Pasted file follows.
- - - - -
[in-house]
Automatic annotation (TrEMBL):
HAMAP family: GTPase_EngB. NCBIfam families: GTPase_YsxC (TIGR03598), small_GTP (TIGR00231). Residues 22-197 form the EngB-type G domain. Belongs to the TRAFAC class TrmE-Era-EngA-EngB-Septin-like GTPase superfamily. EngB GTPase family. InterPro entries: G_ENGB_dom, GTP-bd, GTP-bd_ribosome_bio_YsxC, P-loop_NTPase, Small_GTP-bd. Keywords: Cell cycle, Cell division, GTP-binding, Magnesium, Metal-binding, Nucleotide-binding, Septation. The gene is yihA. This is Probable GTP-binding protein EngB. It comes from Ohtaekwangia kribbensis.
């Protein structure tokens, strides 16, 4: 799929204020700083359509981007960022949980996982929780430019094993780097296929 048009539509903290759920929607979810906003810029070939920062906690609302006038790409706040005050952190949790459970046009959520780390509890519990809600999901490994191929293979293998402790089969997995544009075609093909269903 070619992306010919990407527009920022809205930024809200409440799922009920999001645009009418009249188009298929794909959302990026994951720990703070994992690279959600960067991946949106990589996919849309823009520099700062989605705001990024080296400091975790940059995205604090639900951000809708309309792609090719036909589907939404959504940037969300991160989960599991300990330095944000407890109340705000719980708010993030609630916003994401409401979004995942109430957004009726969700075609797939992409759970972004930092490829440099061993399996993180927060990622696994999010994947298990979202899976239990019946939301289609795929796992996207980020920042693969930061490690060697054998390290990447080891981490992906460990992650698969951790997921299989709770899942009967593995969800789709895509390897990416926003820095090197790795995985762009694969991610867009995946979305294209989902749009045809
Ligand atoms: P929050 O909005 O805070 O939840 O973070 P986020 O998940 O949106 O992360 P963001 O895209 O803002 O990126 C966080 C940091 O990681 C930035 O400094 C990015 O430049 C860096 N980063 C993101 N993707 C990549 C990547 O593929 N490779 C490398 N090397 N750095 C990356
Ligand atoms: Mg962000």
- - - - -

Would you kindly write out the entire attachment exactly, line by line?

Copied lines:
[in-house]
Automatic annotation (TrEMBL):
HAMAP family: GTPase_EngB. NCBIfam families: GTPase_YsxC (TIGR03598), small_GTP (TIGR00231). Residues 22-197 form the EngB-type G domain. Belongs to the TRAFAC class TrmE-Era-EngA-EngB-Septin-like GTPase superfamily. EngB GTPase family. InterPro entries: G_ENGB_dom, GTP-bd, GTP-bd_ribosome_bio_YsxC, P-loop_NTPase, Small_GTP-bd. Keywords: Cell cycle, Cell division, GTP-binding, Magnesium, Metal-binding, Nucleotide-binding, Septation. The gene is yihA. This is Probable GTP-binding protein EngB. It comes from Ohtaekwangia kribbensis.
């Protein structure tokens, strides 16, 4: 799929204020700083359509981007960022949980996982929780430019094993780097296929 048009539509903290759920929607979810906003810029070939920062906690609302006038790409706040005050952190949790459970046009959520780390509890519990809600999901490994191929293979293998402790089969997995544009075609093909269903 070619992306010919990407527009920022809205930024809200409440799922009920999001645009009418009249188009298929794909959302990026994951720990703070994992690279959600960067991946949106990589996919849309823009520099700062989605705001990024080296400091975790940059995205604090639900951000809708309309792609090719036909589907939404959504940037969300991160989960599991300990330095944000407890109340705000719980708010993030609630916003994401409401979004995942109430957004009726969700075609797939992409759970972004930092490829440099061993399996993180927060990622696994999010994947298990979202899976239990019946939301289609795929796992996207980020920042693969930061490690060697054998390290990447080891981490992906460990992650698969951790997921299989709770899942009967593995969800789709895509390897990416926003820095090197790795995985762009694969991610867009995946979305294209989902749009045809
Ligand atoms: P929050 O909005 O805070 O939840 O973070 P986020 O998940 O949106 O992360 P963001 O895209 O803002 O990126 C966080 C940091 O990681 C930035 O400094 C990015 O430049 C860096 N980063 C993101 N993707 C990549 C990547 O593929 N490779 C490398 N090397 N750095 C990356
Ligand atoms: Mg962000």